If the longest journey begins with a single step, we owe Denmark a debt of gratitude for setting its size 10s on the path and beckoning us to follow, by publishing the world’s first national action plan for a plant-based food system.
First agreed two years ago and sealed with an investment of 1 billion kroner (£116 million), the plan sets out how the government intends to boost plant-based food production and transition away from meat and animal products. As well promoting homegrown and planet-friendly alternatives, it will plough money into research and development and increase plant-based exports. The Danes’ political leaders, already MFMers and vegan-friendly, hope the 40-page document will see them become a beacon for the rest of the planet.
As part of what US president Franklin D Roosevelt might have dubbed a “Green-Food New Deal”, chefs will be trained to work magic with alternative proteins, beans will bump burgers down the menu in schools and pupils will be taught the benefits of growing and eating more fruit and vegetables. (Not that young Danes appear to need any lessons: this month Copenhagen’s Children and Youth Committee decided to remove red meat, one of the most harmful meats for people and planet, from the menu in the city’s schools and daycare centres.)
A Fund for Plant-Based Food, focused on research into new organic crops and what they can bring to the table, has been so overwhelmed with applications from startups, universities and other organisations that it could have spent its £7 million budget three times over.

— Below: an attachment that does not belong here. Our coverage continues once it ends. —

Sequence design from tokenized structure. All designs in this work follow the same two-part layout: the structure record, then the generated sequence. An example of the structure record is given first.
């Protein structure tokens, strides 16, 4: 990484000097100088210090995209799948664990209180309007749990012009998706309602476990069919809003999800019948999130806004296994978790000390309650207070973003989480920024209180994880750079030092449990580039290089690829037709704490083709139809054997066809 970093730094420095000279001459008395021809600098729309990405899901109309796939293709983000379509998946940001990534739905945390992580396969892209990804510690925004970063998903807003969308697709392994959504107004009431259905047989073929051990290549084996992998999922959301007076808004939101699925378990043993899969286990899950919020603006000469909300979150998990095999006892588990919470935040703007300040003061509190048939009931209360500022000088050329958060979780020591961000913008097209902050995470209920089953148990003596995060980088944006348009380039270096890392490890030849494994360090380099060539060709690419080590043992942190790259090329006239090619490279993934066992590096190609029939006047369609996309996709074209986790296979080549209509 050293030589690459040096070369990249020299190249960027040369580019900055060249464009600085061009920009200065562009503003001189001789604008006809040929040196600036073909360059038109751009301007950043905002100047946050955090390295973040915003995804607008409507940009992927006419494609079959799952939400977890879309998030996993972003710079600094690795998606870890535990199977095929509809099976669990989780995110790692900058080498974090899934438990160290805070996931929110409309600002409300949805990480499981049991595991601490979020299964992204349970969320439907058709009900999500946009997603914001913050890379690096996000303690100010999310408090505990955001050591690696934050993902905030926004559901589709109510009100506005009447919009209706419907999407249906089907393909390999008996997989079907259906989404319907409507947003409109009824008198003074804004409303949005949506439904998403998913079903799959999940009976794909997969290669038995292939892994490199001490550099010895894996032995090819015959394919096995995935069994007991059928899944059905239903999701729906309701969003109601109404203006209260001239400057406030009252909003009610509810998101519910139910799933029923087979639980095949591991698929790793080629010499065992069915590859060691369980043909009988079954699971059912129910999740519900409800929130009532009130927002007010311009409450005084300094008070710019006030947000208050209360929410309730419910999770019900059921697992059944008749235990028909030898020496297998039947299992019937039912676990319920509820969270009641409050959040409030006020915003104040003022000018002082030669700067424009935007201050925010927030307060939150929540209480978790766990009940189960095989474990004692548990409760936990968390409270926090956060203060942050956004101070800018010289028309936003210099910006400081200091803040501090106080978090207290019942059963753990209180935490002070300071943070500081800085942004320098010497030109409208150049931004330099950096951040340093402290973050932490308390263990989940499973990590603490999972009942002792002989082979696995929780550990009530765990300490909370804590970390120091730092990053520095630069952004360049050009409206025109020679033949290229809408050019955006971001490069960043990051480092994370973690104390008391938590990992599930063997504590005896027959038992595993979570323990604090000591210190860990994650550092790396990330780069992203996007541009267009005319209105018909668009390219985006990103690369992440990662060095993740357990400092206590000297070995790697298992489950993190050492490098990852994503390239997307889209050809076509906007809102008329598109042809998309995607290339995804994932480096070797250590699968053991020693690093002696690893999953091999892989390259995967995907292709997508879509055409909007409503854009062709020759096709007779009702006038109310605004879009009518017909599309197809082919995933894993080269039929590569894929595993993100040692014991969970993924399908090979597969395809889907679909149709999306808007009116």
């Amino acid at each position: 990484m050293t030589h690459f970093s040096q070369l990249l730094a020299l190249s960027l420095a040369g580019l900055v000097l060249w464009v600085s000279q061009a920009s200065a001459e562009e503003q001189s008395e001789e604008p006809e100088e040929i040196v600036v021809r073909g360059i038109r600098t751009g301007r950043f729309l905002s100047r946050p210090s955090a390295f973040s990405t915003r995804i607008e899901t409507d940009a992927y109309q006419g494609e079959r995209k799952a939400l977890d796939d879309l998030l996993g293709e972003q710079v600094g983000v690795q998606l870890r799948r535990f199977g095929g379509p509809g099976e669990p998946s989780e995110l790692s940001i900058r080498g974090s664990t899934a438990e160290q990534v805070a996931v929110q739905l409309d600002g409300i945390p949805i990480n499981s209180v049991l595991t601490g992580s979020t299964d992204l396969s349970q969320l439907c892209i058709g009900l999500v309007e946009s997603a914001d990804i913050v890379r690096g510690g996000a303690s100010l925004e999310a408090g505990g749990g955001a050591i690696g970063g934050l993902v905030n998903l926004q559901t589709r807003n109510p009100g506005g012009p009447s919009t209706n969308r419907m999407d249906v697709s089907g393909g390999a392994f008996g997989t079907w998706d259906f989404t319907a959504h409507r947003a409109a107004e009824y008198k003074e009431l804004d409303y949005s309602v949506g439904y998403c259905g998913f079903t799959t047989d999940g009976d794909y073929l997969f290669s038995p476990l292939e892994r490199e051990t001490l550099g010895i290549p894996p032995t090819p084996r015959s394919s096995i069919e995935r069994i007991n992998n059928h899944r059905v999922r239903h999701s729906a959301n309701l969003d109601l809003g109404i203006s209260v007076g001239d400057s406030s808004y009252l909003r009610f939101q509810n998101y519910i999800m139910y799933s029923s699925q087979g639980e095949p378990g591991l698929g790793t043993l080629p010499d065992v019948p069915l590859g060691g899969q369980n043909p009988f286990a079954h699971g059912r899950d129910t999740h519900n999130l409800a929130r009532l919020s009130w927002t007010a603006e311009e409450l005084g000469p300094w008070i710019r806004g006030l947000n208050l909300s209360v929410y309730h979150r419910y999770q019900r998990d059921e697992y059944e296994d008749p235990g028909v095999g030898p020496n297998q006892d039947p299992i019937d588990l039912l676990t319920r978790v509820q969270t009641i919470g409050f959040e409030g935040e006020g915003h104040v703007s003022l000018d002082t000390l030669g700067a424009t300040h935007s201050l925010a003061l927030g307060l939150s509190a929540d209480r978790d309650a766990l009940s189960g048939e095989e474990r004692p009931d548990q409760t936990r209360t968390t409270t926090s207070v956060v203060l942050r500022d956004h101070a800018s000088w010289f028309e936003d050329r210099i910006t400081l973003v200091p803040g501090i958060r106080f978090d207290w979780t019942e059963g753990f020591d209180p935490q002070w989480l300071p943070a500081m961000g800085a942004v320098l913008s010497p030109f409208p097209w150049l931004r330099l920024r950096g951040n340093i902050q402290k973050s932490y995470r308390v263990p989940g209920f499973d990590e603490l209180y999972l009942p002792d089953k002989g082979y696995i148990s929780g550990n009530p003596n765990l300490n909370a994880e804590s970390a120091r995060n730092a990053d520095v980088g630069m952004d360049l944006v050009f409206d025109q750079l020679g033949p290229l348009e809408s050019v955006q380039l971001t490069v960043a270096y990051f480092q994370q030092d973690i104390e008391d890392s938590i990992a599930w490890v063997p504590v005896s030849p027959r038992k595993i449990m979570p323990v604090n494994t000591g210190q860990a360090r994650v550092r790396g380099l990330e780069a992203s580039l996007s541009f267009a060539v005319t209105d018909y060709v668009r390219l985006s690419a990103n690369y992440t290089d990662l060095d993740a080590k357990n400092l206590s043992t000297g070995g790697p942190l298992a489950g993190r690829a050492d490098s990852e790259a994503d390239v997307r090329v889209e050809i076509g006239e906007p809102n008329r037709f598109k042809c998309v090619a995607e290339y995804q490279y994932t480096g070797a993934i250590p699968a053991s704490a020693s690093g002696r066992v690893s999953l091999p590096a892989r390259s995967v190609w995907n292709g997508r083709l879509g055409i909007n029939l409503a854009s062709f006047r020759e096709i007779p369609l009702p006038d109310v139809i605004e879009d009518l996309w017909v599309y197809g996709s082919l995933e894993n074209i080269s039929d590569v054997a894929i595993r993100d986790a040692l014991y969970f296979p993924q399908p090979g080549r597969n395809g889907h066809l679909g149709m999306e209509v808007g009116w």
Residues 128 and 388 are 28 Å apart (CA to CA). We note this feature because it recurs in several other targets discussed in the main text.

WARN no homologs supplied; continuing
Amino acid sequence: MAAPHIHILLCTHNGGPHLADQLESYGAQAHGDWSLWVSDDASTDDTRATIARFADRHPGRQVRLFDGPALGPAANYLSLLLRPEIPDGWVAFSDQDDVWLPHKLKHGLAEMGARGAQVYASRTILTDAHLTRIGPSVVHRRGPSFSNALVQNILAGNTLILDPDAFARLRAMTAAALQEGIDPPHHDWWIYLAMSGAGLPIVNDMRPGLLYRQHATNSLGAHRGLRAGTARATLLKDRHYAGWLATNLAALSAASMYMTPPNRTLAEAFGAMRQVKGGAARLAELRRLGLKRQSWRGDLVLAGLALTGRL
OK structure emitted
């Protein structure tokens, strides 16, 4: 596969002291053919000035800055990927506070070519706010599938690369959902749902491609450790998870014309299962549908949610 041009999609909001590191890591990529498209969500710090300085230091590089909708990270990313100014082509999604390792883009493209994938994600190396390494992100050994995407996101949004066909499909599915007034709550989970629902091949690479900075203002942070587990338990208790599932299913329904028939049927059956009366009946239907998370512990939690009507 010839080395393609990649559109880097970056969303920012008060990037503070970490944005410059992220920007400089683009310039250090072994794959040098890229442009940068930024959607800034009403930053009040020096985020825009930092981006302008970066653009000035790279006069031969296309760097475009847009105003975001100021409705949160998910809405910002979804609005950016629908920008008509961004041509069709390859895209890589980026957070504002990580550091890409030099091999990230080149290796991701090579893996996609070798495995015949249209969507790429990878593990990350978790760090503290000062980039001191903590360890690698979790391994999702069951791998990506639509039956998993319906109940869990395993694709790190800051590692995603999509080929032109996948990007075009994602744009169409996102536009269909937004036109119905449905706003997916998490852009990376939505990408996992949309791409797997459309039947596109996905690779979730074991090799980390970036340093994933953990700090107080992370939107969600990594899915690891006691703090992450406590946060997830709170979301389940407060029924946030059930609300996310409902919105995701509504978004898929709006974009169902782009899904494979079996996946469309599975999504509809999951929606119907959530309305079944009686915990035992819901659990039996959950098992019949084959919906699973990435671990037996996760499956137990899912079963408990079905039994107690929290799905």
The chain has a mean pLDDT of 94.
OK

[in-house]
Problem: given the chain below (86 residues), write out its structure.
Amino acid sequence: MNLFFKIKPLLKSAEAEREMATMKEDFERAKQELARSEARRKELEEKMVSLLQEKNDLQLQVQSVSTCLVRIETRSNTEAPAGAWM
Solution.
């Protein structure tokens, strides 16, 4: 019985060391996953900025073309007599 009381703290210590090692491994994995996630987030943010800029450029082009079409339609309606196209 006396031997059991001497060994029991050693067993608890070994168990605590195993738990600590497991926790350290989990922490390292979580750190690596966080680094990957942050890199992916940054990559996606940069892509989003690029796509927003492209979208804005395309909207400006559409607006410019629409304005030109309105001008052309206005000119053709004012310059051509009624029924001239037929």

“Denmark is the first country to develop an action plan specifically for plant-based foods,” said Rune-Christoffer Dragsdahl, secretary-general of the Vegetarian Society of Denmark. “Therefore, the plan itself is internationally groundbreaking.”
“It is also positive that there is focus on so many aspects – ranging from research, product development, and export of Danish products to the training of kitchen professionals. Both we and many other dedicated forces in the plant-based sector are determined to make the mission succeed, but it also requires further investments throughout the entire value chain.”
Denmark’s decision to rewire the way the country eats, doubtless to the dismay of the meat industry, was triggered by a 2021 ruling by the country’s Council on Climate Change that it was on course to miss its 2030 goal of cutting emissions by 70 per cent compared with 1990 levels. Jacob Jensen, the minister for food, agriculture and fisheries, called it a “necessary transition” and wrote in the foreword to the action plan: “Plant-based foods are the future.”
Environmental benefits aside, Denmark can see the business case for vying for the plant-based pound: Europe is the world’s biggest market for plant-based food and its action plan estimates being a global leader could net it £1 billion and create 27,000 jobs.